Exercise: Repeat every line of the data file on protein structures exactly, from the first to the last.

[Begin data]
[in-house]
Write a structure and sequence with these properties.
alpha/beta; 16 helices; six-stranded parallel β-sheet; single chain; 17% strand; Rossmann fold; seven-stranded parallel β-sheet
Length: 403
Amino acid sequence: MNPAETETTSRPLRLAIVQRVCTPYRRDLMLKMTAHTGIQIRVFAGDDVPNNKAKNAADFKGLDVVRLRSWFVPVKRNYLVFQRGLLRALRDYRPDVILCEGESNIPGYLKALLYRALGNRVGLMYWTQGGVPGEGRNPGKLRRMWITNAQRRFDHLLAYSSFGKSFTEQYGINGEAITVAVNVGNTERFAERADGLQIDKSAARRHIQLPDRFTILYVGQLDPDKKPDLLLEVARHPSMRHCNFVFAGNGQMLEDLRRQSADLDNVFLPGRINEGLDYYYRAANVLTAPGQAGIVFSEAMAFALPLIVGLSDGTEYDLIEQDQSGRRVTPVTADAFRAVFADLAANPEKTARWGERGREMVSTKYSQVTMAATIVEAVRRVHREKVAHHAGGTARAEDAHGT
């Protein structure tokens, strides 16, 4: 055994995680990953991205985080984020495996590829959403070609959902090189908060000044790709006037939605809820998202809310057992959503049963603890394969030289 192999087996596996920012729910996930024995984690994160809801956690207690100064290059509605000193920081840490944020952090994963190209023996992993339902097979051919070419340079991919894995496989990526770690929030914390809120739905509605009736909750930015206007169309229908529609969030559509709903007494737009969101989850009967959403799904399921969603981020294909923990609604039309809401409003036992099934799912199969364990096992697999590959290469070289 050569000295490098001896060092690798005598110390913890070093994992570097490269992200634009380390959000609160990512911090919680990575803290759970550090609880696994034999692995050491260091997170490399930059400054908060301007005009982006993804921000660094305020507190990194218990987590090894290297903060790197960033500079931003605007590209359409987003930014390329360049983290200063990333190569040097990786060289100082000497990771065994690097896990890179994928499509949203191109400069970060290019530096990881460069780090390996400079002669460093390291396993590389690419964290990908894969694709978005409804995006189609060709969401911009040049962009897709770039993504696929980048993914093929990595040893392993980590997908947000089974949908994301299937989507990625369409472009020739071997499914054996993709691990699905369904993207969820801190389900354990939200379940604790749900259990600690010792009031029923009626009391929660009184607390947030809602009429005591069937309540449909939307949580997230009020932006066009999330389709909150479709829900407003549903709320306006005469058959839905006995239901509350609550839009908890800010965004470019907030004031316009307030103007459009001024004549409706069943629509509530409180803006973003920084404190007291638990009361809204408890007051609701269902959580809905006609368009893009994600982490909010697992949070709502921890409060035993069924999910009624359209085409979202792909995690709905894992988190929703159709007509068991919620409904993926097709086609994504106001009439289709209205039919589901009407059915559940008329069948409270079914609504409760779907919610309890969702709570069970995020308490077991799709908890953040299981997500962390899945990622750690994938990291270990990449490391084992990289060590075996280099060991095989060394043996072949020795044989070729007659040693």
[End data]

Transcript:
[in-house]
Write a structure and sequence with these properties.
alpha/beta; 16 helices; six-stranded parallel β-sheet; single chain; 17% strand; Rossmann fold; seven-stranded parallel β-sheet
Length: 403
Amino acid sequence: MNPAETETTSRPLRLAIVQRVCTPYRRDLMLKMTAHTGIQIRVFAGDDVPNNKAKNAADFKGLDVVRLRSWFVPVKRNYLVFQRGLLRALRDYRPDVILCEGESNIPGYLKALLYRALGNRVGLMYWTQGGVPGEGRNPGKLRRMWITNAQRRFDHLLAYSSFGKSFTEQYGINGEAITVAVNVGNTERFAERADGLQIDKSAARRHIQLPDRFTILYVGQLDPDKKPDLLLEVARHPSMRHCNFVFAGNGQMLEDLRRQSADLDNVFLPGRINEGLDYYYRAANVLTAPGQAGIVFSEAMAFALPLIVGLSDGTEYDLIEQDQSGRRVTPVTADAFRAVFADLAANPEKTARWGERGREMVSTKYSQVTMAATIVEAVRRVHREKVAHHAGGTARAEDAHGT
């Protein structure tokens, strides 16, 4: 055994995680990953991205985080984020495996590829959403070609959902090189908060000044790709006037939605809820998202809310057992959503049963603890394969030289 192999087996596996920012729910996930024995984690994160809801956690207690100064290059509605000193920081840490944020952090994963190209023996992993339902097979051919070419340079991919894995496989990526770690929030914390809120739905509605009736909750930015206007169309229908529609969030559509709903007494737009969101989850009967959403799904399921969603981020294909923990609604039309809401409003036992099934799912199969364990096992697999590959290469070289 050569000295490098001896060092690798005598110390913890070093994992570097490269992200634009380390959000609160990512911090919680990575803290759970550090609880696994034999692995050491260091997170490399930059400054908060301007005009982006993804921000660094305020507190990194218990987590090894290297903060790197960033500079931003605007590209359409987003930014390329360049983290200063990333190569040097990786060289100082000497990771065994690097896990890179994928499509949203191109400069970060290019530096990881460069780090390996400079002669460093390291396993590389690419964290990908894969694709978005409804995006189609060709969401911009040049962009897709770039993504696929980048993914093929990595040893392993980590997908947000089974949908994301299937989507990625369409472009020739071997499914054996993709691990699905369904993207969820801190389900354990939200379940604790749900259990600690010792009031029923009626009391929660009184607390947030809602009429005591069937309540449909939307949580997230009020932006066009999330389709909150479709829900407003549903709320306006005469058959839905006995239901509350609550839009908890800010965004470019907030004031316009307030103007459009001024004549409706069943629509509530409180803006973003920084404190007291638990009361809204408890007051609701269902959580809905006609368009893009994600982490909010697992949070709502921890409060035993069924999910009624359209085409979202792909995690709905894992988190929703159709007509068991919620409904993926097709086609994504106001009439289709209205039919589901009407059915559940008329069948409270079914609504409760779907919610309890969702709570069970995020308490077991799709908890953040299981997500962390899945990622750690994938990291270990990449490391084992990289060590075996280099060991095989060394043996072949020795044989070729007659040693």